I love Red Burns!

We had a big party last weekend to celebrate the 30th anniversary if ITP, where I went to grad school (and where I taught for a few years).

Red Burns is the chair, and I love Red Burns. We all do. This is not the greatest shot of her in the world. She’s addressing the crowd here. I owe Red Burns a lot. She supported me when few others did, and helped me when I was starting Echo (and when so many others said it would never succeed). And when I was a student she encouraged me to experiment and play, and I did, and my time at ITP were some of the best years of my life.


I will never forget my first semester. I was an older student, back in school after being ten years out, and I was so nervous and intimidated by my very smart fellow students. I was taking a class with Red and we had an assignment to write a paper based on any subject raised by one of the guest speakers.

To make a long story short, I didn’t write a paper. I wrote a play called “Corpse in Space.” It was about a start-up in the future where instead of burying people they’d jettison your body into space. It was actually my friend Chris Hegarty’s idea, which I fictionalized. The main characters were a saint, a praying mantis and a couch. The point is it was WEIRD. But I was trying to demonstrate in an entertaining way how hard it is to take an idea and make it happen. I was so terrified when I handed it in. Who knew how she would react? The world was different in 1986. Doing something like that would be nothing now, but I’m telling you it was a risky thing then. Not everyone would have accepted what I did. I think she hugged me the next time she saw me. I know she gave me an A.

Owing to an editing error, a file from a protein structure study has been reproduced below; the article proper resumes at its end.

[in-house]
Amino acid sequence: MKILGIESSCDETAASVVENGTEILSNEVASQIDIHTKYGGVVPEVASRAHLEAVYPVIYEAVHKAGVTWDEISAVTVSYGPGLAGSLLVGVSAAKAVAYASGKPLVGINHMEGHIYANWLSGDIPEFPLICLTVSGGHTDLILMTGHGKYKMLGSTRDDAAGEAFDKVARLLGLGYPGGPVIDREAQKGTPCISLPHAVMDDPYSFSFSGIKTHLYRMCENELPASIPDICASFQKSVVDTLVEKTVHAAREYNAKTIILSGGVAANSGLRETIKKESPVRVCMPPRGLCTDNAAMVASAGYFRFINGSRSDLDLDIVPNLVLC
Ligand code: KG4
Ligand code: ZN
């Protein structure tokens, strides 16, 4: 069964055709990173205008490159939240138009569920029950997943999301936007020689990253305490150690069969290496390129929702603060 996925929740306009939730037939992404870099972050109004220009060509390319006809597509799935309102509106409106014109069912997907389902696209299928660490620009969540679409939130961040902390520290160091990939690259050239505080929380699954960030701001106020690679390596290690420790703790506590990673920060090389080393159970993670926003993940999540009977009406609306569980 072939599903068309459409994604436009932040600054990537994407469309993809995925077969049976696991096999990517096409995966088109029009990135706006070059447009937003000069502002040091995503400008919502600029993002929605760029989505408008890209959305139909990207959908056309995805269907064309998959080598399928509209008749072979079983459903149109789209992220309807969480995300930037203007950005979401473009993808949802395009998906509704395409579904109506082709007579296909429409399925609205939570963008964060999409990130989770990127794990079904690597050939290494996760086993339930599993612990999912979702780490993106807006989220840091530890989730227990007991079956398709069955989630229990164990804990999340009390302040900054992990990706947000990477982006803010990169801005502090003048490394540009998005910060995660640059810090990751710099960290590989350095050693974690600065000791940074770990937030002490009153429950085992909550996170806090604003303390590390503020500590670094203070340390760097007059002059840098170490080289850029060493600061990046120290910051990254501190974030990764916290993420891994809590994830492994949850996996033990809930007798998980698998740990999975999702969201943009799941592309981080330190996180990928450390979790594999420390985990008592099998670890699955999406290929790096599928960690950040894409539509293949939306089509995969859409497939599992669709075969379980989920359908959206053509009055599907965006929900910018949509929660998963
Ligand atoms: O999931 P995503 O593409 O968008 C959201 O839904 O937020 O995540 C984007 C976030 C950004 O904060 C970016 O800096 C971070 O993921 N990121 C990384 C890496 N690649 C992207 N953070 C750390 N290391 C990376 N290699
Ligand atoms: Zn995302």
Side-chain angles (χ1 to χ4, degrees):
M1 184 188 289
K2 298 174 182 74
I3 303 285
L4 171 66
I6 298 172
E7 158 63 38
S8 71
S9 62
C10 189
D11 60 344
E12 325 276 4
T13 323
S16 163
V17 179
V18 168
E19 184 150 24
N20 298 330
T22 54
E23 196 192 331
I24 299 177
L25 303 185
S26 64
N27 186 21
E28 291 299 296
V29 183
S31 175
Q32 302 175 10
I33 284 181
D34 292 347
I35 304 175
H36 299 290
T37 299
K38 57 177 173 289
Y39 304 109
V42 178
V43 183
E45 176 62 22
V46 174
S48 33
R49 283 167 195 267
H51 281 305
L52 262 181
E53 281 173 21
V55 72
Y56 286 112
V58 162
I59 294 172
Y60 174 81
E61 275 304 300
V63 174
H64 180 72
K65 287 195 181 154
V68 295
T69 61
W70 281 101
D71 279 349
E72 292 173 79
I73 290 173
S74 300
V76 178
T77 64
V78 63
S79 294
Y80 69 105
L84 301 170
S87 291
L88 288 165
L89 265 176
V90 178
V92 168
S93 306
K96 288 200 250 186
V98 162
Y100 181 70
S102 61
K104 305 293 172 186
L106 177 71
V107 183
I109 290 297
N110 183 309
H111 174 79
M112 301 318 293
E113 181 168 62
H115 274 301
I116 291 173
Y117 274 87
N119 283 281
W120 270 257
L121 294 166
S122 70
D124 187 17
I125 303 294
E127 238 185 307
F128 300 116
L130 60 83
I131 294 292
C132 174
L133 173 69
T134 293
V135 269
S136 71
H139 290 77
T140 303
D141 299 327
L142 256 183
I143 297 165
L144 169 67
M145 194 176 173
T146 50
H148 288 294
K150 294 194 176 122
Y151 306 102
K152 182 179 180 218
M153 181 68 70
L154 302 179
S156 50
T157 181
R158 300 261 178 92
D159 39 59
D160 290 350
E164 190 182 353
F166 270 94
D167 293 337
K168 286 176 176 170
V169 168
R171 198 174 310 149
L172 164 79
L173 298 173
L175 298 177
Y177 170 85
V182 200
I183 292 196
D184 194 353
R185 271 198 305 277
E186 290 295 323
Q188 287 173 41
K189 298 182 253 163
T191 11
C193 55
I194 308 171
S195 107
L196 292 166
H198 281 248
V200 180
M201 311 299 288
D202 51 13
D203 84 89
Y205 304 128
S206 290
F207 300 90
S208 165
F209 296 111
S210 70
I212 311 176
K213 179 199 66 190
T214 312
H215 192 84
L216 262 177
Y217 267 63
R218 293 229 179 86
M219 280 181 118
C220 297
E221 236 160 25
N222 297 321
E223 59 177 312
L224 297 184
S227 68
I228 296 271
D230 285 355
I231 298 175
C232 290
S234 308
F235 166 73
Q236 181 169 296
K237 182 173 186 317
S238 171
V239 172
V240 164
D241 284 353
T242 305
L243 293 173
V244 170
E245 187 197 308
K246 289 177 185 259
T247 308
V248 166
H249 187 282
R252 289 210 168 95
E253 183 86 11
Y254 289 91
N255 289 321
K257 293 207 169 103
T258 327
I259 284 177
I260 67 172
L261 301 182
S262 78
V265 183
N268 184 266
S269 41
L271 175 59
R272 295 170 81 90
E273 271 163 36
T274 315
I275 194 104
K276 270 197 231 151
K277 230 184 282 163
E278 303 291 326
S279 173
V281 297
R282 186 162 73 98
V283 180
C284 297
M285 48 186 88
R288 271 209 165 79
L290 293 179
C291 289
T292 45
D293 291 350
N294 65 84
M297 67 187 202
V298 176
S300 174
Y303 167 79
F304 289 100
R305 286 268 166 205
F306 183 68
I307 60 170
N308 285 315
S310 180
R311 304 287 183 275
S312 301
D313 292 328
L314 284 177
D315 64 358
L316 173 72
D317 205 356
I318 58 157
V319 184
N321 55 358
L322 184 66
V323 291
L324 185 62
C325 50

I was working for the Mobil Corporation at the time, and I wasn’t happy. In fact, I had only gotten out of rehab a couple of months before I started grad school. So I was miserable. And feeling very insecure. The day she hugged me was my first happy day in a long time. Her not only accepting this weird story but giving me an A set me free. I started turning my life around. It led to Echo. It led to writing books. If Red Burns wasn’t the person she is, ITP would be a completely different place and I don’t know if any of these things would have happened. I really really owe her.

Thank you, Red Burns!!

I found these shots on Flickr, but I can’t find where I put the photographer’s names. I’m sorry! Forgive me!! They asked us to make short films about Red and send them in and Marianne Petit edited them all into a tribute movie to Red. This is me up on the screen talking about Red.


And this is me and my friend Steven Levy talking to Craig Kanarick. Actually I was talking to someone else. Allison DeFren, I think. I loved seeing everyone, it made me so happy (with a few bittersweet moments).


Remembering Toshi Otaka – Part 2

I had to post what Tom Igoe said in the comments section, because I know not everyone reads the comments section and I didn’t want anyone to miss this.

From Tom Igoe:

“In truth, his diary couldn’t be read until a few days ago. Because of the discussion Stacy mentions, I started looking for it. Found a couple pages here on Echo, and asked NYU’s IT services, and Nancy Lewis, our IT manager at ITP, if if could be found. ITS couldn’t find it in all its backups. Nancy (also a classmate of Toshi’s) managed to find the backup hard drive from the ITP server at the time, pull his old account, and put it up on our current server. So I’d say the fact that it’s up is as much testament to the power Toshi had on us all as it is to the web. Sometimes love makes you do strange things.

“My favorite Toshi story comes from right before he left NYC. He wanted to find a copy of Christopher Cross’ “(The Moon and) New York City” because it made him think of his best memories of NYC. Not a popular album at the time, it wasn’t in any of the CD stores nearby (remember CD stores?). He had a bunch of people on the alum list out searching for it, and I think it was Matt that found it. When he passed away, I got that song stuck in my head for a week. Just like him to take something I’d previously seen as hopelessly schmaltzy and turn it into something precious through its association with him.